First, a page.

Sunday, 10 June 2012

So far so close

“The strangest thing I saw on my travels was Pompeii, where you feel as if you have been transported back into the ancient world; even if you normally believe only proven facts, here you feel as if, just by being there, you know more about the place than any scholar”
Excavation of the Temple of Isis.
From Hamilton, Campi Flegreii
When it was discovered in 1748 Pompeii was something so incredible that it influenced artistic and cultural trends all across Europe. 
Not only archaeologists but also artists, politicians and intellectuals were eager to see (and describe) such a unique place.
Sthendal, Mozart, Dickens and even Napoleon himself are just a few of the many personalities that have been affected by the fascination for the past.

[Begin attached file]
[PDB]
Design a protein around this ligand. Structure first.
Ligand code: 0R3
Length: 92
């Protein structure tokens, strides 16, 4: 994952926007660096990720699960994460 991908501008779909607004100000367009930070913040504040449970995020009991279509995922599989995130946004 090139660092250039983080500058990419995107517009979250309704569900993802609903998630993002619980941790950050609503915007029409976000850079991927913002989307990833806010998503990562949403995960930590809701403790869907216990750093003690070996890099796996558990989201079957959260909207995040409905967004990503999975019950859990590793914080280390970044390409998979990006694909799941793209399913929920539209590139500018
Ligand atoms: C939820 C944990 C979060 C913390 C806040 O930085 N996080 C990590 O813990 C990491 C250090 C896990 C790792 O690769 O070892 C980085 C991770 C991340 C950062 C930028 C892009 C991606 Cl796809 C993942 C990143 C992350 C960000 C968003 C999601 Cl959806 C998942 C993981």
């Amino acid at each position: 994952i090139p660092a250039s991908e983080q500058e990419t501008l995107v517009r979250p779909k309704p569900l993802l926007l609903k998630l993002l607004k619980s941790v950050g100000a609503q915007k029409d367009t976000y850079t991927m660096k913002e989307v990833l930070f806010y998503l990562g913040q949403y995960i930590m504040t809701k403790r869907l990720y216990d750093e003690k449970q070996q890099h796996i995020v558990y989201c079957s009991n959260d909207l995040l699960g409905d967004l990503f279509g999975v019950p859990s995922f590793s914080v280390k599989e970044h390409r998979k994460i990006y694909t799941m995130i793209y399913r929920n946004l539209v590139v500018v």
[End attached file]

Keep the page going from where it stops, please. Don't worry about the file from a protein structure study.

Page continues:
In spite of the enthusiastic tone of old records and contemporary touristic guides, visiting Pompeii today can be a very disappointing experience for the average tourist, especially if compared with such high expectations.

In the first place, almost all the artefacts and the portable items have been removed from the site and are now exhibited in the Archaeological Museum of Naples (which is 30 km away from Pompeii).
Moreover, little or no information is given to the visitor to support his/her understanding of an ancient Roman city.

I believe the dislocation between the site and the museum along with the lack of information available to the public also breaks the emotional connection between the visitor and the ancient remains resulting in a scarce experience.

I want to investigate if 3d visualisation, when combined with tailored communication strategies, can enhance the visitor’s reception of the cultural heritage and make the experience more engaging and rewarding.

No comments:

Post a Comment